Uninvited by Sophie Jordan was a book I hesitated to read because I hadn’t really liked the first book, Firelight, in Jordan’s previous series. But, IUninvited by Sophie Jordan was a book I hesitated to read because I hadn’t really liked the first book, Firelight, in Jordan’s previous series. But, I decided to give her writing another chance because I thought the premise of Uninvited sounded interesting.
One of the aspects of Uninvited that I enjoyed was the growth in Davy’s character. At the beginning of the novel, she had the perfect life – she was rich, popular, smart, musical, dating a hot jock, and had a loving family. Once Davy tested positive for HTS, however, her friends dropped her and her parents began to avoid interacting with her. Yet even as her life changed; Davy continued to believe herself to be superior than other HTS carriers. Over time though, Davy learned to look beyond people’s superficial features, and became less of a damsel in distress.
The same depth of characterization, unfortunately, wasn't given to Sean. Not only would I have liked to learn more about him, but he just seemed to serve the purpose of conveniently showing up whenever Davy needed help. As well, even though the romance wasn’t insta-love, it sure seemed like it because I had no clue why Sean fell for Davy. What made her so unique from the other girls that he interacted with?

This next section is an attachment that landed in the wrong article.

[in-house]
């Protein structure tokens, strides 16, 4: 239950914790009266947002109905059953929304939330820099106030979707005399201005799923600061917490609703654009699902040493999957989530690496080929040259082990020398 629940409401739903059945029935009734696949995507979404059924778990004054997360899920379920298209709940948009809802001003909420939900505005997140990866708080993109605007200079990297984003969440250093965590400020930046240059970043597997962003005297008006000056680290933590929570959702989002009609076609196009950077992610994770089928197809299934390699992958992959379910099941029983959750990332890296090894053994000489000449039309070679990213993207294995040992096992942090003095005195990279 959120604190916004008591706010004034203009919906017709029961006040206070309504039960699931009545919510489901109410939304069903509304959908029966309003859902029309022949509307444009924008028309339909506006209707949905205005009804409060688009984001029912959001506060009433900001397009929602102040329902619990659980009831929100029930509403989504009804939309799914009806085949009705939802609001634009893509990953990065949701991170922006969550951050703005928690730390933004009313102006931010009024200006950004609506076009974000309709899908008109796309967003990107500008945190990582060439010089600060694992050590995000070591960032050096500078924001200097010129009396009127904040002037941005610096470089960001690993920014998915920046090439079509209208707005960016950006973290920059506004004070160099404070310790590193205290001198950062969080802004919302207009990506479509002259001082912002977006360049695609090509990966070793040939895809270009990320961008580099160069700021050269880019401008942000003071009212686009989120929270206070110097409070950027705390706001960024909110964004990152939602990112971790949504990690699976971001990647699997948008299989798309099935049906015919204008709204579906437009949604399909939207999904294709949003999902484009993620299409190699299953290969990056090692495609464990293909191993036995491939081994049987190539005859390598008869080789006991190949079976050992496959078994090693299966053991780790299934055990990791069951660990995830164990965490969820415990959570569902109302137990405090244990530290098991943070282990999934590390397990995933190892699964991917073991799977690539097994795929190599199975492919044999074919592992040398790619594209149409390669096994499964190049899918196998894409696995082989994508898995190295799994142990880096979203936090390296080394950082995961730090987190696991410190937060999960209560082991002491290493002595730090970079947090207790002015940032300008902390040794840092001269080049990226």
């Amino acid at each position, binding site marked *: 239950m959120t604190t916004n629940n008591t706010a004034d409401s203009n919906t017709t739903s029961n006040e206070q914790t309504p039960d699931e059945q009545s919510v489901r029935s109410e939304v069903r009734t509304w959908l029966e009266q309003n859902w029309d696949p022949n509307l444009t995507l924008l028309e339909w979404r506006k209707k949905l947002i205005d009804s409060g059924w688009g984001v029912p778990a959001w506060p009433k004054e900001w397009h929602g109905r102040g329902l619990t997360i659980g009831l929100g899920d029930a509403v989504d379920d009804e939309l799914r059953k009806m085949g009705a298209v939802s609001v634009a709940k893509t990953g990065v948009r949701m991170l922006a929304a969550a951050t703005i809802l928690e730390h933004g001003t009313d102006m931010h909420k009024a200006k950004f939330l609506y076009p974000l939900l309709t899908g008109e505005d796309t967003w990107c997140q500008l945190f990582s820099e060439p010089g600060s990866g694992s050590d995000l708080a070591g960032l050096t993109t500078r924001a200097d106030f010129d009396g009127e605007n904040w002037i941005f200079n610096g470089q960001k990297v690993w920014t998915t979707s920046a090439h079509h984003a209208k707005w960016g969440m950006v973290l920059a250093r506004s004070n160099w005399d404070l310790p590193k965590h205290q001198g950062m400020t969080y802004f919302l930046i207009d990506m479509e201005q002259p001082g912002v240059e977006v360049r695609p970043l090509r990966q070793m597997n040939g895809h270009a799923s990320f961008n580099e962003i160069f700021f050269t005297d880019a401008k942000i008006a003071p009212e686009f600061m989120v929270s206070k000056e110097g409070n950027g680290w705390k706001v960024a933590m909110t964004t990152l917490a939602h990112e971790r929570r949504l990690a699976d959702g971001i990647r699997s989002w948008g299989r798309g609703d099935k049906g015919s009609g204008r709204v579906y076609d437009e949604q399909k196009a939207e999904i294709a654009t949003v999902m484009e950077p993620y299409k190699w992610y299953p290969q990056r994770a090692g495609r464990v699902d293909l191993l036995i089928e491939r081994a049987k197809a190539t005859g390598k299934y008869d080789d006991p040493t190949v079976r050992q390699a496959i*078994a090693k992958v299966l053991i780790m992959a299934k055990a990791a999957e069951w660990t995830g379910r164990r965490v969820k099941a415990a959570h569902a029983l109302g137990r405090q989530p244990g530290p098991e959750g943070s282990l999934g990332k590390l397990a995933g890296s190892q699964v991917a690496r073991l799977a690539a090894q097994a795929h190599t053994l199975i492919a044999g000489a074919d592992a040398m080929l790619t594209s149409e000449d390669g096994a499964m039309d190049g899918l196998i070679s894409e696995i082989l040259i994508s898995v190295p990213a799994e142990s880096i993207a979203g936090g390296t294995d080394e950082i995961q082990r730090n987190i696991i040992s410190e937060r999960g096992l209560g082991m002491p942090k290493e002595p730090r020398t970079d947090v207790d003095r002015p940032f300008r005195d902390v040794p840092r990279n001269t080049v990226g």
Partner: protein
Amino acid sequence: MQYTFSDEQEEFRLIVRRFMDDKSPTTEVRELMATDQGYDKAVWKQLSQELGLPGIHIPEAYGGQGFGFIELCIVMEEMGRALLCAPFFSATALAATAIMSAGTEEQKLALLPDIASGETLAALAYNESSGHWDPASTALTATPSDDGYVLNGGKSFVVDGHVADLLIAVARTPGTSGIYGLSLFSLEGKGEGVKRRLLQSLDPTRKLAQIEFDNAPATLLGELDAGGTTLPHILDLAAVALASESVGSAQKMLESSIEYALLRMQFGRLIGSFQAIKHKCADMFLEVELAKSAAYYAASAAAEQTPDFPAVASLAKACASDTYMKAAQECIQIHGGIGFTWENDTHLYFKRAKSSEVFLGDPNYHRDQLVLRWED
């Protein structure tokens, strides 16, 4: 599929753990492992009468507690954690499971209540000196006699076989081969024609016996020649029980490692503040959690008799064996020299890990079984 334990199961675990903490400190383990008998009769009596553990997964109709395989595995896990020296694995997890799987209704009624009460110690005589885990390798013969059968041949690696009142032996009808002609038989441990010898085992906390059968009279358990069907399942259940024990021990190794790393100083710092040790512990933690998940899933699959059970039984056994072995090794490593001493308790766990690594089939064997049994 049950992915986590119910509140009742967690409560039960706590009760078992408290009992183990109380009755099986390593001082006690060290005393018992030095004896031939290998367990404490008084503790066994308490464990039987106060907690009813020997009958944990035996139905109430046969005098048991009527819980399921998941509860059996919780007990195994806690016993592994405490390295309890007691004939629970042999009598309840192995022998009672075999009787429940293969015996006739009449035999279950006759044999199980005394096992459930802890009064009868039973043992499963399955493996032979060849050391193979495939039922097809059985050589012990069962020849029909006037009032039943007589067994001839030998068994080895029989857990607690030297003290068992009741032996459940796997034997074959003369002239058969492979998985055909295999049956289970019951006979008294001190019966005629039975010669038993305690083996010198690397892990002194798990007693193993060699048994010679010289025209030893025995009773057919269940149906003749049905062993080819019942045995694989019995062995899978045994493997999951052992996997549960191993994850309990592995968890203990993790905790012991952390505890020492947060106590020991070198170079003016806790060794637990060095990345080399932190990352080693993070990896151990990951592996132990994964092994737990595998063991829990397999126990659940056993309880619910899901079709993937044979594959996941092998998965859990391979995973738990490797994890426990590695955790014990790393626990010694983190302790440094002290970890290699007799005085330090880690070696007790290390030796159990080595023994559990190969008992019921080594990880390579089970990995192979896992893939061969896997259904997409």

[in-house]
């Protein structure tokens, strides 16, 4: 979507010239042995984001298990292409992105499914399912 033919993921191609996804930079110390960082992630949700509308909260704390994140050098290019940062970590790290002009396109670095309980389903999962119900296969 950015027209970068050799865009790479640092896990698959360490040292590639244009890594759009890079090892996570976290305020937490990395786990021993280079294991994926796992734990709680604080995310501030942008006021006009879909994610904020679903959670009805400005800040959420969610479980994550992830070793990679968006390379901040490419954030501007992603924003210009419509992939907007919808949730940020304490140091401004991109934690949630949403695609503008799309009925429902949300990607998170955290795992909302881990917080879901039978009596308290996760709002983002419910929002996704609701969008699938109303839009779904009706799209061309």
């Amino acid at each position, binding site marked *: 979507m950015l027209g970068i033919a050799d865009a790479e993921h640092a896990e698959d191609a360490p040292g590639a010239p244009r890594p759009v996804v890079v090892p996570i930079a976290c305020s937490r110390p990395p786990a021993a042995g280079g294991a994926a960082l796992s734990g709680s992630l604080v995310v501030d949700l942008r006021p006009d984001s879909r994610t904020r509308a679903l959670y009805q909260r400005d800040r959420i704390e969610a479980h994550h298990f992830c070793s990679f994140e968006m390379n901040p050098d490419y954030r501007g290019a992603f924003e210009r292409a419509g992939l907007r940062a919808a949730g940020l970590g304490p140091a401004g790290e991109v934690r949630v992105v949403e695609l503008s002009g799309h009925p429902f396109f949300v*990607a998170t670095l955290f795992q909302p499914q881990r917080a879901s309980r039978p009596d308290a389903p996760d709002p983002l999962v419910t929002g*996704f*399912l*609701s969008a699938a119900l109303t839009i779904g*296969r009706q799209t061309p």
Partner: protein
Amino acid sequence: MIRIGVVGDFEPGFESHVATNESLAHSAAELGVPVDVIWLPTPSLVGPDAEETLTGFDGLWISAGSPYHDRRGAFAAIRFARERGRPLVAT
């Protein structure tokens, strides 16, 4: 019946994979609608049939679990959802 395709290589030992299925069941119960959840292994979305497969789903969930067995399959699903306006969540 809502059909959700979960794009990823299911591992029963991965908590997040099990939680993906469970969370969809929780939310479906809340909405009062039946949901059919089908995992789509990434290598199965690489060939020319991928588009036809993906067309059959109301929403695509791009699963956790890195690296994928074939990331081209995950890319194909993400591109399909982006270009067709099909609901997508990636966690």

Another reason I had to lower my rating of Uninvited was because of the weak worldbuilding and premise. For example, even though the novel was set in 2021, there wasn’t much of a difference in the technology. In addition, I learned very little about the Wainwright Agency or how HTS was discovered.
Furthermore, from a scientific perspective, the premise of Uninvited is illogical. Since, HTS affected more males than females in the book, this suggests that it's a case of X-linked recessive inheritance. For Davy to be a carrier and her brother to not be one, it implies that her HTS allele is on the X chromosome provided by her father. This would mean that Davy's father should also have the HTS allele and therefore test positive, which he doesn’t!
Ignoring my issue with the genetics of the premise though, – I spent way too much time thinking about that, – I liked that Uninvited makes readers think about whether we’re a product of nature or nurture. Although the governmental authorities in Uninvited seem to side towards nature, the book does a good job of demonstrating instances where people committed violence as a result of their environment....more